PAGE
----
Paul returned with a jerk from his peaceful heaven. Hands and feet were seized suddenly and pinned to the earth so tightly that he could not move, and he gazed up at two hideous, painted faces, very near to his own, and full of menace. The boy's heart turned for a moment to water. He saw at once, through his vivid and powerful imagination, all the terrors of his position, and in the same instant he leaped forward also to the future, and to the agony it had in store for him. But in a moment his courage came back, the strong will once more took command of the body and the spirit, and he looked up with stoical eyes at his captors. He knew that resistance now would be in vain, and, relaxing his muscles, he saved his strength.
The warriors laughed a little, a soundless laugh that was full of menace, and bound him securely with strips of buckskin cut from his own garments. Then they stood up, and Paul, too, rose to a sitting position, gazing intently at his captors. They were powerful men, apparently warriors of middle age, and Paul knew enough of costume and paint to tell that they were of the Shawnee nation, bitterly hostile to him and his kind.
His terrors came back upon him in full sweep. He loved life, and, scholar though he was, he loved his life in the young wilderness of Kentucky, where he was at the beginnings of things. Every detail of what they would do to him, every incident of the torture was already photographed upon his sensitive mind, but again the brave lad called up all his courage, and again he triumphed, keeping his body still and his face without expression. He merely looked up at them, as if placidly waiting their will.
The two warriors talked together a little, and then, seeming to change their minds, they unbound the boy's feet. One touched him on the shoulder, and, pointing to the north, started in that direction. Paul understood, and, rising to his feet, followed. The second warrior came close behind, and Paul was as securely a prisoner as if he were in the midst of a band of a hundred. Once or twice he looked around at the silent woods and thought of running, but it would have been the wildest folly. His hands tied, he could have been quickly overtaken, or, if not that, a bullet. He sternly put down the temptation, and plodded steadily on between the warriors, the broad, brown back of the one in front of him always leading the way.
It seemed to him that they sought the densest part of the undergrowth, where the night shadows lay thickest, and he was wise enough to know that they did it to hide their trail from possible pursuit. Then he thought of Henry, his comrade, the prince of trailers! He might come! He would come! Paul's blood leaped at the thought, and his head lifted with hope.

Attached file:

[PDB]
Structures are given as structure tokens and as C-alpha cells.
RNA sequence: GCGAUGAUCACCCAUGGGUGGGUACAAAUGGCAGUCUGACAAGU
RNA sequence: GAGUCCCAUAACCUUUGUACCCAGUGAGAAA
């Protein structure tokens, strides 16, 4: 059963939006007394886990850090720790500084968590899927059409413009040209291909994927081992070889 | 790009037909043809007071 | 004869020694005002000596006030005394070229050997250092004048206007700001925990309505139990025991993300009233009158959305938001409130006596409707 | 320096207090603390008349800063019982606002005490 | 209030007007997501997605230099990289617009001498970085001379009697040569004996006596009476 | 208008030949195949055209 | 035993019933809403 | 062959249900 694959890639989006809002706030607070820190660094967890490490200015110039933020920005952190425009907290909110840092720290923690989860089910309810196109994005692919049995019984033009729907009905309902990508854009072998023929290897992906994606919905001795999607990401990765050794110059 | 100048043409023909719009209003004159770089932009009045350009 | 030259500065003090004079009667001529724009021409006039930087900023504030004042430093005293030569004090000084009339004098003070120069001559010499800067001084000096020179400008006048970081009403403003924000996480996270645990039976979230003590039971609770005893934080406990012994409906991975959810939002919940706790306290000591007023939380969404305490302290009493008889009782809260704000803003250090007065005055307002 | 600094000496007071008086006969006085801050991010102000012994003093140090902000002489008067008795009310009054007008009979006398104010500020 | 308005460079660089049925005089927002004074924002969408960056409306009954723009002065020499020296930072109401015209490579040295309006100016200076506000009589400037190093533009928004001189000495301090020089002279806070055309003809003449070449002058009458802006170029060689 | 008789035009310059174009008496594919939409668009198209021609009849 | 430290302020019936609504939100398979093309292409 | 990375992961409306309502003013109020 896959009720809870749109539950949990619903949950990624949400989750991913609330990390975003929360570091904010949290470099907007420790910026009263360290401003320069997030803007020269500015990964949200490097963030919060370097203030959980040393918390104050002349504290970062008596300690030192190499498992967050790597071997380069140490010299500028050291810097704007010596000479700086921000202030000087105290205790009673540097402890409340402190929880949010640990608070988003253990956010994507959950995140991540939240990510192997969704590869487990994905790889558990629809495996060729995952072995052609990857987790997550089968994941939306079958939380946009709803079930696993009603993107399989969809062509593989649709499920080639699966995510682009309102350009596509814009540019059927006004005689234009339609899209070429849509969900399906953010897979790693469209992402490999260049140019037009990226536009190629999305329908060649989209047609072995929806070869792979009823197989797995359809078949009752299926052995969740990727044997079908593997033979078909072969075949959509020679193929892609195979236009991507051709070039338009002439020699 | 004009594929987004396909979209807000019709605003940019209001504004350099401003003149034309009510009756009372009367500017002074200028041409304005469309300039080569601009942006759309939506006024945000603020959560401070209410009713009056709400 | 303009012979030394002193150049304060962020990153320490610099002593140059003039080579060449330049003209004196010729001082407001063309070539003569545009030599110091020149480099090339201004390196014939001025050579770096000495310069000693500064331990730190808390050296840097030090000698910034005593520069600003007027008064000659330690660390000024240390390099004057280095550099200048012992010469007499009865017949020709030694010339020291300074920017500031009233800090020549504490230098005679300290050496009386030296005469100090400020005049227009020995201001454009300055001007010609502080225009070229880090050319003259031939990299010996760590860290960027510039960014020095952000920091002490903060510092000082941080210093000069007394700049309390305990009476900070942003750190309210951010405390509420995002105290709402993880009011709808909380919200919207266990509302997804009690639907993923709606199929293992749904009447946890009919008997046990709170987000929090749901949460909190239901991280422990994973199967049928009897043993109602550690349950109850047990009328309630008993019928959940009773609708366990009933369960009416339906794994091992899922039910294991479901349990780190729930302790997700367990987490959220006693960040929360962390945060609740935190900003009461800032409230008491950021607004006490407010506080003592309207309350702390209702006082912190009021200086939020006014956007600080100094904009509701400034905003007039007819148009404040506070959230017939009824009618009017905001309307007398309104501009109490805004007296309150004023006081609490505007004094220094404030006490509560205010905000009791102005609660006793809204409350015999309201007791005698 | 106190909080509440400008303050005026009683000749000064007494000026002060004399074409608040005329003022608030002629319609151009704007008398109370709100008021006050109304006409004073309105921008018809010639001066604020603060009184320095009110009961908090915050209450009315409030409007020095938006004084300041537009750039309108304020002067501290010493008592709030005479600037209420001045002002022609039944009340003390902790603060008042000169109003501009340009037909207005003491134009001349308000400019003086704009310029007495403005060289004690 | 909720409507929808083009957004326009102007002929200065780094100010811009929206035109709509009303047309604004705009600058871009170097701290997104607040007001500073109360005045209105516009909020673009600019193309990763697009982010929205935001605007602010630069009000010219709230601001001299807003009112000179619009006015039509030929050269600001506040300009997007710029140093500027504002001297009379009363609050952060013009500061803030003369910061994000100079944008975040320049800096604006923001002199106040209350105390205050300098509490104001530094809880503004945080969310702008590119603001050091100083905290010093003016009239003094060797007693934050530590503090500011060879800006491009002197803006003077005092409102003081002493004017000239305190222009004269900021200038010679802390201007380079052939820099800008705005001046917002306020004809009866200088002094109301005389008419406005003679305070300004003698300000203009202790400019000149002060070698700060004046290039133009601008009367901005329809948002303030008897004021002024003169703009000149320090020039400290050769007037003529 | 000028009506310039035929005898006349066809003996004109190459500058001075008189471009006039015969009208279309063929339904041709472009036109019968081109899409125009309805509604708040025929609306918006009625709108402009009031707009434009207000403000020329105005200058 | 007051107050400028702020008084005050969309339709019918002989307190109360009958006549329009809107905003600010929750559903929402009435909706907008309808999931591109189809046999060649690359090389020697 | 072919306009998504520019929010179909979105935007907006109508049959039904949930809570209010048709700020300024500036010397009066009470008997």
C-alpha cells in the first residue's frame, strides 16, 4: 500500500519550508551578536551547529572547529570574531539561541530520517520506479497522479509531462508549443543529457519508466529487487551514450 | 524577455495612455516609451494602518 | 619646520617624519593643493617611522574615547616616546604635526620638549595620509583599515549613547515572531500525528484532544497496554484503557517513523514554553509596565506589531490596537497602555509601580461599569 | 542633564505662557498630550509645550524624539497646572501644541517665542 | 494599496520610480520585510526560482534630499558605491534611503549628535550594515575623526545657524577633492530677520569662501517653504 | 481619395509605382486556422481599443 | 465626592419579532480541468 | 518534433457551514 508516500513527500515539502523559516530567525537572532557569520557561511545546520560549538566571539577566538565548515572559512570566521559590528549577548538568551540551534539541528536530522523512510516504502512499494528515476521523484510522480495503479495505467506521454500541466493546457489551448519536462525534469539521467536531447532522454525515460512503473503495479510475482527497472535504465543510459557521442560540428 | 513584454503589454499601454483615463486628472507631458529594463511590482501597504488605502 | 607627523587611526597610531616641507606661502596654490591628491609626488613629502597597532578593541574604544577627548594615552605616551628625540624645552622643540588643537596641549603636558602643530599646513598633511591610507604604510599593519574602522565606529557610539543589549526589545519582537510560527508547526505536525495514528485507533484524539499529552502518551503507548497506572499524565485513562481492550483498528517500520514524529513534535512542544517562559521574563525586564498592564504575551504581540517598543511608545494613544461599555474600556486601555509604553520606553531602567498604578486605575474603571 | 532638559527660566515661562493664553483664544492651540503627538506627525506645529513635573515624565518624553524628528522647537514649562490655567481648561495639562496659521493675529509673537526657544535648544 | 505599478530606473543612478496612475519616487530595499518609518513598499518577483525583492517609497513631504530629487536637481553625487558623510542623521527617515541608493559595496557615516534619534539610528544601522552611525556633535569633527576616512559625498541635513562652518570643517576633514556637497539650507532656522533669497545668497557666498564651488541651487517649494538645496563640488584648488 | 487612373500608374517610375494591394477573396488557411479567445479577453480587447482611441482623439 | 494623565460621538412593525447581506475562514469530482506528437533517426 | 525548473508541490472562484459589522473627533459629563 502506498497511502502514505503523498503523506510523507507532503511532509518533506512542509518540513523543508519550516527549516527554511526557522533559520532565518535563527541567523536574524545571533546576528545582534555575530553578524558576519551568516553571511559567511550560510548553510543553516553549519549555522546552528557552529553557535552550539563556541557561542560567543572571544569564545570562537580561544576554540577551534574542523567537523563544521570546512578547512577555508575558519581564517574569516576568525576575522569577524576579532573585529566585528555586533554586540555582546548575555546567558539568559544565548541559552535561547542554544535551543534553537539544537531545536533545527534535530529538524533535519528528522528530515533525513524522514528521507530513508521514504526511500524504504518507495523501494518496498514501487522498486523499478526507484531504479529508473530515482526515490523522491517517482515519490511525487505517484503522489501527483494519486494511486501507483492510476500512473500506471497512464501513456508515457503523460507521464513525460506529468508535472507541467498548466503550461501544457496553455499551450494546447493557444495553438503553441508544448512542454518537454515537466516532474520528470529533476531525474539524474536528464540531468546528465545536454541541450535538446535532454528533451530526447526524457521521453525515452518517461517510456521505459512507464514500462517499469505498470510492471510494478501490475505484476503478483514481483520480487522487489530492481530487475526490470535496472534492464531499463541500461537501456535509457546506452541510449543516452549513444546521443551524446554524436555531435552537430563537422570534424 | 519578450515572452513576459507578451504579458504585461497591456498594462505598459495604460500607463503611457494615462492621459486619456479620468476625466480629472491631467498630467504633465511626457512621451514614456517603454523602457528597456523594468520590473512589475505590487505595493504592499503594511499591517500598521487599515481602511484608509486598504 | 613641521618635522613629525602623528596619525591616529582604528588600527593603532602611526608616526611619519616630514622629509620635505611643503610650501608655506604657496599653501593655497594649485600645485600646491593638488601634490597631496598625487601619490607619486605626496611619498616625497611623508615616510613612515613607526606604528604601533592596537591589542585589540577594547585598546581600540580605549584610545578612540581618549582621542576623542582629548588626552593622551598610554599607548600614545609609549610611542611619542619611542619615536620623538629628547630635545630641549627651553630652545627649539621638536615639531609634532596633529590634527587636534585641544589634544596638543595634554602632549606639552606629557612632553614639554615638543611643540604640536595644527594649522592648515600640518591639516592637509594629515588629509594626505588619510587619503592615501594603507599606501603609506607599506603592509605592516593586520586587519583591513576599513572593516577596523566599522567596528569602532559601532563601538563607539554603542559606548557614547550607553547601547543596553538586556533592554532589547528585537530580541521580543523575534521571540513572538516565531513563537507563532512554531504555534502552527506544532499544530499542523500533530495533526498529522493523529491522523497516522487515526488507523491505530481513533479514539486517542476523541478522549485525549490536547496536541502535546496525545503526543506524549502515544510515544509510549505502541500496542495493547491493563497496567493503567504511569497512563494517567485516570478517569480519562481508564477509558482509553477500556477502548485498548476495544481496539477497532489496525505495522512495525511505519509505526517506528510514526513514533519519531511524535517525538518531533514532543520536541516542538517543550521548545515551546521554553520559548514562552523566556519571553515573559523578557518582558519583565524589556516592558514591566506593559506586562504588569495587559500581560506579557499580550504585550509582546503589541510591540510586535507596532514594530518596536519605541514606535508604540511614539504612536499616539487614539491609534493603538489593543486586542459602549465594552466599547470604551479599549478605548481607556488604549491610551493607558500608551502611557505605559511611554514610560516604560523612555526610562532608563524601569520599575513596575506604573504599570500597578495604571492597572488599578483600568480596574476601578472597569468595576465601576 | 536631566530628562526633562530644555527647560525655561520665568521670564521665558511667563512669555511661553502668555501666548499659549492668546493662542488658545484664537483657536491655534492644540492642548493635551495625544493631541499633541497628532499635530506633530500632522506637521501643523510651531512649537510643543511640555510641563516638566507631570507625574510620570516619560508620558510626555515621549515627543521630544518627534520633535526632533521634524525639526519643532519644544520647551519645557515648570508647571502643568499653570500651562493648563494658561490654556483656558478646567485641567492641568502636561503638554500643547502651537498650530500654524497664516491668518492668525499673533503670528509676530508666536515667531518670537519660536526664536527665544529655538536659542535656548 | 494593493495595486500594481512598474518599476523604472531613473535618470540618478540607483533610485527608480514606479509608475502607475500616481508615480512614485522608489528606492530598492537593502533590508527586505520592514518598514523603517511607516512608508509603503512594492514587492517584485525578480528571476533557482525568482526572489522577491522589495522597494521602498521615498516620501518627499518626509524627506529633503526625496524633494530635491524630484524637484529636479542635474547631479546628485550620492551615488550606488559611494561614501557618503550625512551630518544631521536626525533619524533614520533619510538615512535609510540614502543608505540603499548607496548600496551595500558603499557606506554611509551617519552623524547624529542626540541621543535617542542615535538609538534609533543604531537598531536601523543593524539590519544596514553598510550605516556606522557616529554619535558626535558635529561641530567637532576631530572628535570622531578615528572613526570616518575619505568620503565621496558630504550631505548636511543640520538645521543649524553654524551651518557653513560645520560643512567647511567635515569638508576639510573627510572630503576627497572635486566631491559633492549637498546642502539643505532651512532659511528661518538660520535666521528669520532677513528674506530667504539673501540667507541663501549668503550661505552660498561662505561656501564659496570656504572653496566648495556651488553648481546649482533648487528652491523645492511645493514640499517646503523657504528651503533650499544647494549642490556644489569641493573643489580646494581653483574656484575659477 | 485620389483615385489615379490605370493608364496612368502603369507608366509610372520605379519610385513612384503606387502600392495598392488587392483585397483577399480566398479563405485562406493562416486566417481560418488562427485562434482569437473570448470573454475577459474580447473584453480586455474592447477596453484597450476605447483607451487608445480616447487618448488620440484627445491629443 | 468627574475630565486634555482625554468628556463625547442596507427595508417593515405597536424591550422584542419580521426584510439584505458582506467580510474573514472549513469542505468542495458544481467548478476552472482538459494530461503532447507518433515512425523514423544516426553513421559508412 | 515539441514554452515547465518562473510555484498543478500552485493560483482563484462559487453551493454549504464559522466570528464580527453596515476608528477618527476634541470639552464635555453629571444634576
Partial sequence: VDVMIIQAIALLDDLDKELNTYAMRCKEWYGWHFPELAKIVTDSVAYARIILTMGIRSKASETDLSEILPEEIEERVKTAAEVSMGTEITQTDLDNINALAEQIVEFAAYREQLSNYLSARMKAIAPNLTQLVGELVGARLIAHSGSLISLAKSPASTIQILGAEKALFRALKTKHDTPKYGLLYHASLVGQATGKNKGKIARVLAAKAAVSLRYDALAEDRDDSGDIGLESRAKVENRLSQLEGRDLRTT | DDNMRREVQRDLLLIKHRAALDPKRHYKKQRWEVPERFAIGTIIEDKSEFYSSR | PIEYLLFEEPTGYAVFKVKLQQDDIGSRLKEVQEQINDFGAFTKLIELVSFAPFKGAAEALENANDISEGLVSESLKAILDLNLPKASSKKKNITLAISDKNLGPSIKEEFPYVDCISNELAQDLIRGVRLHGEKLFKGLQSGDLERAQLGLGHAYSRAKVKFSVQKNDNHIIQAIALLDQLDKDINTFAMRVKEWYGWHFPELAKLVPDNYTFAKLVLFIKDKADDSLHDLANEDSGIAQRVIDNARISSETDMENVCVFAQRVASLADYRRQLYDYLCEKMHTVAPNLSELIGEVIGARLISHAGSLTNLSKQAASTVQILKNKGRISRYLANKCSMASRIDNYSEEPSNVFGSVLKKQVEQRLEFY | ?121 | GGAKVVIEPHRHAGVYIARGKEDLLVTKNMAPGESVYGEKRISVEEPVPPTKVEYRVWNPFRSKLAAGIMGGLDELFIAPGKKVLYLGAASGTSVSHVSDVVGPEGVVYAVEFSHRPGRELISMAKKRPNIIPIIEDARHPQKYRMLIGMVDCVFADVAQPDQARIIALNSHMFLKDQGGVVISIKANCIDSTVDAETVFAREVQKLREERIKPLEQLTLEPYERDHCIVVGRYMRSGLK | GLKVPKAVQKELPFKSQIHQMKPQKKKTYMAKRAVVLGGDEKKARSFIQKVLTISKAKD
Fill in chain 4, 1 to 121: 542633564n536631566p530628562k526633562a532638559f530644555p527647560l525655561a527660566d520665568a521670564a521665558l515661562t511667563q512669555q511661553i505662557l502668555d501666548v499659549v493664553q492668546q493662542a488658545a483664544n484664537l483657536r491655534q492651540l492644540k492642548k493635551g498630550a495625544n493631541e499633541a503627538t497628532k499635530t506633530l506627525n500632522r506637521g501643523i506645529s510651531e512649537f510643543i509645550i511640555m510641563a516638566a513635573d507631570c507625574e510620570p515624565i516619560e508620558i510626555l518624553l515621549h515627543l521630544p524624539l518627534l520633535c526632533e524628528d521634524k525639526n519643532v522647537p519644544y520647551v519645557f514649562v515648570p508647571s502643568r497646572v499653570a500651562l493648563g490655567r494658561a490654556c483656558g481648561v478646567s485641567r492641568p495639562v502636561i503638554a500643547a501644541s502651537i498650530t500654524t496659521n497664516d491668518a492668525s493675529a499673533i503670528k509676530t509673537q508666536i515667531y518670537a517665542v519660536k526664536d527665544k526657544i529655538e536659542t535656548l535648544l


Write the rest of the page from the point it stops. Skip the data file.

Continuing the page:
Clouds swept up, the moon died, and in the darkness Paul had little idea of direction. He only knew that they were still traveling fast amid the thick bushes, and that when he made too much noise in passing one or other of the brown savages would prod him with the muzzle of a gun as a hint to be more careful. His face became bruised and his feet weary, but at last they stopped in an opening among the trees, by the side of a little brook that trickled over shining pebbles.
The warriors wasted little time. They rebound Paul's feet in such tight fashion that he could scarcely move, and then, lying down near him, went to sleep so quickly that it seemed to Paul they accomplished the feat by some sort of a mechanical arrangement. Tired as he was, he could not close his own eyes yet, and he longed for his comrade. Would he come?
Paul's sensitive nerves were again keenly alive to every phase of his cruel situation. The warriors, lying almost at his feet, were monsters, not men, and this wilderness, which in its finer aspects he loved, was bristling in the darkness with terrors known and unknown. Yet his clogged and weary brain slept at last, and when he awoke again it was day--a beautiful day of white and gold light, with the autumnal tints of the forest all about him, and the leaves rustling in a gentle wind.